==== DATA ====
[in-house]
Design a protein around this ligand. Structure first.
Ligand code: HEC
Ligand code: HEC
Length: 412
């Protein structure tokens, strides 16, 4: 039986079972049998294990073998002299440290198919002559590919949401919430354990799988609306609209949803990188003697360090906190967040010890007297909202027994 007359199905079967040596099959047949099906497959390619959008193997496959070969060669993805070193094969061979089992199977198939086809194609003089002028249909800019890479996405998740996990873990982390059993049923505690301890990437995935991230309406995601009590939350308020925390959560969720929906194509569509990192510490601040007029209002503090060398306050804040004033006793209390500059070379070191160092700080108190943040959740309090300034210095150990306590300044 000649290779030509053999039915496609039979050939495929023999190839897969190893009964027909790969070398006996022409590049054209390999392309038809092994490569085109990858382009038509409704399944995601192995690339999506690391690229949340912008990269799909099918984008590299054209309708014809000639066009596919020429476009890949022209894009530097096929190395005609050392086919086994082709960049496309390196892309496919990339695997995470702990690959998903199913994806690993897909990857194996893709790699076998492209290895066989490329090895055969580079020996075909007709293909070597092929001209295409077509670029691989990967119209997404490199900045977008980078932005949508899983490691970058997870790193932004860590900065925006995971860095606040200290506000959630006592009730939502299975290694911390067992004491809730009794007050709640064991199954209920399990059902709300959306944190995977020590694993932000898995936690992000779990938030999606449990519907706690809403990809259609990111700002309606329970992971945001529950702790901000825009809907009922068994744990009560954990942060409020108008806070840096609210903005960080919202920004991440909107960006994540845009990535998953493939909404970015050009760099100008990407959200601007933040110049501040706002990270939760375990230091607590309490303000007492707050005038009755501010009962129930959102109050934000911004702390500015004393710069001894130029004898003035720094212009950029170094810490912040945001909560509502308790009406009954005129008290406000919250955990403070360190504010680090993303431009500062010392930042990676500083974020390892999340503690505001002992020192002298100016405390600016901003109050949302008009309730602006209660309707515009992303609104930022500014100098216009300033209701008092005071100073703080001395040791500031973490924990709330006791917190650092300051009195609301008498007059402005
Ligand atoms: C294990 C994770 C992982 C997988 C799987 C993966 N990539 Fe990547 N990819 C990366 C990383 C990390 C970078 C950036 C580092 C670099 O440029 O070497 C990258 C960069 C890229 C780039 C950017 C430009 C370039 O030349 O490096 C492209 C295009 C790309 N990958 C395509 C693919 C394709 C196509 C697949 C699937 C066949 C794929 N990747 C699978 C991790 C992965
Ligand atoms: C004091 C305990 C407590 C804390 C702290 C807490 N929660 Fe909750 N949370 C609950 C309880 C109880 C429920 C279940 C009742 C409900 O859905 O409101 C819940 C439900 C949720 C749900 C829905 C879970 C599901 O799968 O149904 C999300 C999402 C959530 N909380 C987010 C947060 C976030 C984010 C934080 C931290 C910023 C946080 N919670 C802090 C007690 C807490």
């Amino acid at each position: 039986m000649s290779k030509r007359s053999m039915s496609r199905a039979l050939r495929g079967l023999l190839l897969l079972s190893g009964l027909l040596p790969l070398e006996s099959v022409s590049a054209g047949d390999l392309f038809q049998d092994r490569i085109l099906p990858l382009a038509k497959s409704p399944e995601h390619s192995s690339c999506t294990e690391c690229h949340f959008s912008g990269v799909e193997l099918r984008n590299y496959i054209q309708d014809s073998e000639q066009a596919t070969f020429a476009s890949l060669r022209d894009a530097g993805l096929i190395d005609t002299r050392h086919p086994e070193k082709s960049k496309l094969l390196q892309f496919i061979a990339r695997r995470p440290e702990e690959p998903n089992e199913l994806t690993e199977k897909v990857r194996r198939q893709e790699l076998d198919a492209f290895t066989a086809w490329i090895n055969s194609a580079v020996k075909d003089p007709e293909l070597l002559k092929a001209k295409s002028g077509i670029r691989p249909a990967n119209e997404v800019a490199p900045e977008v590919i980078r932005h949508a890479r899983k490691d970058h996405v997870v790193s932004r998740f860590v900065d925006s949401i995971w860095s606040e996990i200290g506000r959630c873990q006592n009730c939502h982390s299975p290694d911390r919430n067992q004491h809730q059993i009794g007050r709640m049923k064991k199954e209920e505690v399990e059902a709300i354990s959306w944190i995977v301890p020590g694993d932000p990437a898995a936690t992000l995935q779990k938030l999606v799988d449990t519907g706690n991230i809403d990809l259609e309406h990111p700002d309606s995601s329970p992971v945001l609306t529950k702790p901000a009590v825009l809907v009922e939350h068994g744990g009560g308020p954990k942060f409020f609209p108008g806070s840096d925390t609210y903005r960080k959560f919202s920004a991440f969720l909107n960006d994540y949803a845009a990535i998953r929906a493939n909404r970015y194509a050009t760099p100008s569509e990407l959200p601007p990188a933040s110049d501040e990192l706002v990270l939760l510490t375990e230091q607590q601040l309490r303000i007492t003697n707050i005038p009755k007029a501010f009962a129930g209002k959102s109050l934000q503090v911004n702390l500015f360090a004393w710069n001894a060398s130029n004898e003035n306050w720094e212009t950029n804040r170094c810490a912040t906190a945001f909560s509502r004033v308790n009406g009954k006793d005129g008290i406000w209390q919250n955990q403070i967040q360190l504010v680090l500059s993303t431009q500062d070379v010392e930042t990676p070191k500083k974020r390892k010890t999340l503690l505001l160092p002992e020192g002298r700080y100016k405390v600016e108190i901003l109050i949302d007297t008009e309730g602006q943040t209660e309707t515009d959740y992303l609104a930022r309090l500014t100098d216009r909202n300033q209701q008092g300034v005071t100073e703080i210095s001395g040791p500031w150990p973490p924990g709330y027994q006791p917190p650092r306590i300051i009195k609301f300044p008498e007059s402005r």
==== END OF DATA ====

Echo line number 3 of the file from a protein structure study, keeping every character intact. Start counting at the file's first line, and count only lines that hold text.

Ligand code: HEC